From waste to pretty paper: one woman’s all-organic sustainability initiative

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Maham Farid, a young graduate of Lahore’s National College of Arts, creates gift bags from organic tree pulp paper. 29 August, 2019 (AN Photo)
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Maham Farid, a young graduate of Lahore’s National College of Arts, places deckle with paper mixture out in the sun to dry. 29 August, 2019 (AN Photo)
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Once hardened, Maham Farid, a young graduate of Lahore’s National College of Arts, removes the paper from the deckle. 29 August, 2019 (AN Photo)
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Different kinds of paper packaging created from the brown organic tree pulp paper, and will be available for commercial sale soon. 29 August, 2019 (AN Photo)
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Maham Farid, a young graduate of Lahore’s National College of Arts, poses for a photograph next to an organic paper banner. 29 August, 2019 (AN Photo)
Updated 01 September 2019

From waste to pretty paper: one woman’s all-organic sustainability initiative

  • Farid collects plant fibers from Islamabad’s nurseries and makes paper sheets at home
  • The eco-friendly tree pulp paper is much better for the environment than regular paper

ISLAMABAD: A young graduate of Pakistan’s prestigious National College of Arts in the eastern city of Lahore has a unique hobby. She collects organic waste from around the city of Islamabad and brings it home, eventually converting the waste into paper bags and other paper stationery.




Waste fibers from plant nurseries are cut into pieces and boiled in water. 29 August, 2019. (AN Photo)

A student of visual communications design, Maham Farid decided she was passionate about innovative packaging that was eco-friendly.




The softened fibers are put into a blender. 29 August, 2019 (AN Photo)

“I learned to make these organic bags by myself using and mixing different methods,” she said and added that her creations were an alternative to tree pulp paper which was not eco-friendly and responsible for damaging the environment.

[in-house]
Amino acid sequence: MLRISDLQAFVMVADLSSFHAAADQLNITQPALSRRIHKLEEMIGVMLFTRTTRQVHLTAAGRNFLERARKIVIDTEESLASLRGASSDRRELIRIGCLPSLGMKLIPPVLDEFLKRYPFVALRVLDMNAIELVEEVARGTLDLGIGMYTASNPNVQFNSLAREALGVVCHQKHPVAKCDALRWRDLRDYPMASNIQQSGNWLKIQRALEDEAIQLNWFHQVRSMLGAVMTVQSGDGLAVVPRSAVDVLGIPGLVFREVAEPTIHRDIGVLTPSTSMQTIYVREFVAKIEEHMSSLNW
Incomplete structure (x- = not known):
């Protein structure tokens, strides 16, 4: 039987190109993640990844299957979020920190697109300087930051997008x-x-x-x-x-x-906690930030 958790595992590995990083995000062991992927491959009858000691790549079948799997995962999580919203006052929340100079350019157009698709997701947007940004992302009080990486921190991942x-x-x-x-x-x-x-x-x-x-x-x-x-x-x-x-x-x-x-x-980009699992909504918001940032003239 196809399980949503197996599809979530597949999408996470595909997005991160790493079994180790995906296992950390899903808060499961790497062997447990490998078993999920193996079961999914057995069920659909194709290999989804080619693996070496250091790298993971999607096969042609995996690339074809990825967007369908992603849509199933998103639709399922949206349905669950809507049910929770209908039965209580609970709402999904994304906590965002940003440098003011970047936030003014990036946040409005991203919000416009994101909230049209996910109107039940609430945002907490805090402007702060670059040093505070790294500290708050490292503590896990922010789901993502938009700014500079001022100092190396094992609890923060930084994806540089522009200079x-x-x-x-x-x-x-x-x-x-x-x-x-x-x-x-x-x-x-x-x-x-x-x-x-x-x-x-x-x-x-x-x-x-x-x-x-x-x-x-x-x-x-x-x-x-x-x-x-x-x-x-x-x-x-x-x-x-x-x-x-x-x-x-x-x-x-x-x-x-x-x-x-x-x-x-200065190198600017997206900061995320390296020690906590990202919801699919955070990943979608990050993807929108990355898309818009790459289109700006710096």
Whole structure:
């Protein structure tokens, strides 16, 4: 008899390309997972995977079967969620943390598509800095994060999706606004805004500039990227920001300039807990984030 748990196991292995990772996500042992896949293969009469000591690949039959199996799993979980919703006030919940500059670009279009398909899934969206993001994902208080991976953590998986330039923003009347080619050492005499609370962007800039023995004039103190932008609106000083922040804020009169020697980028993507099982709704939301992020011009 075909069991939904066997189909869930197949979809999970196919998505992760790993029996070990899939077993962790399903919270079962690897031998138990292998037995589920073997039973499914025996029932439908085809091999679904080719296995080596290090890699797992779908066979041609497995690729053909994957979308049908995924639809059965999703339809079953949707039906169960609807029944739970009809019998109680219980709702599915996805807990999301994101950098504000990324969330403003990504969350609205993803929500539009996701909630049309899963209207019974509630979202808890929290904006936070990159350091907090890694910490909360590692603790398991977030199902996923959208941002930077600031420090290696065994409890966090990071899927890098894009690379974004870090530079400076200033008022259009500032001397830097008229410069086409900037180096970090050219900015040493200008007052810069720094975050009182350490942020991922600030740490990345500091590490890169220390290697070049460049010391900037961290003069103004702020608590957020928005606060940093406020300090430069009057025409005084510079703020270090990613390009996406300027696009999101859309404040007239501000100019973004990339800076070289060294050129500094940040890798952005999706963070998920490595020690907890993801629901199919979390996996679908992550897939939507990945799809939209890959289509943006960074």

“The recycled life of my organic brown paper is longer than tree pulp paper,” Farid said.




When the pulp is smooth, it is strained. 29 August, 2019 (AN Photo)

To collect raw material for the paper products, Farid visits plant nurseries to collect organic fibers. Currently, she uses 10 different types of organic waste to make her products. In a single day, she can make up to ten sheets of paper and then creates different products ranging from paper bags to jewelry boxes and gift wrapping. 




The pulp is spread out on the wooden frame called a deckle. 29 August, 2019 (AN Photo)

For now, she is only supplying her bags and paper products to friends and family, but based on the enormous demand, she plans on launching a brand soon, she said.




Maham Farid, a young graduate of Lahore’s National College of Arts, removes deckle from water tub while making organic paper. 29 August, 2019 (AN Photo)

The procedure begins by cutting the organic waste fibers to size and then boiling them. Once at room temperature, she blends the raw material in a common blender and places the blended pulp over a deckle- a removable wooden frame used in paper-making. After this, she shakes the mixture inside a water tub to make a thin stratum of paper and puts the deckle out in the sun to dry.




Maham Farid, a young graduate of Lahore’s National College of Arts,  carries the deckle outside to dry in the sun. 29 August, 2019 (AN Photo)

 


India’s Magsaysay award winner says ‘democracy is in danger’

Updated 07 October 2019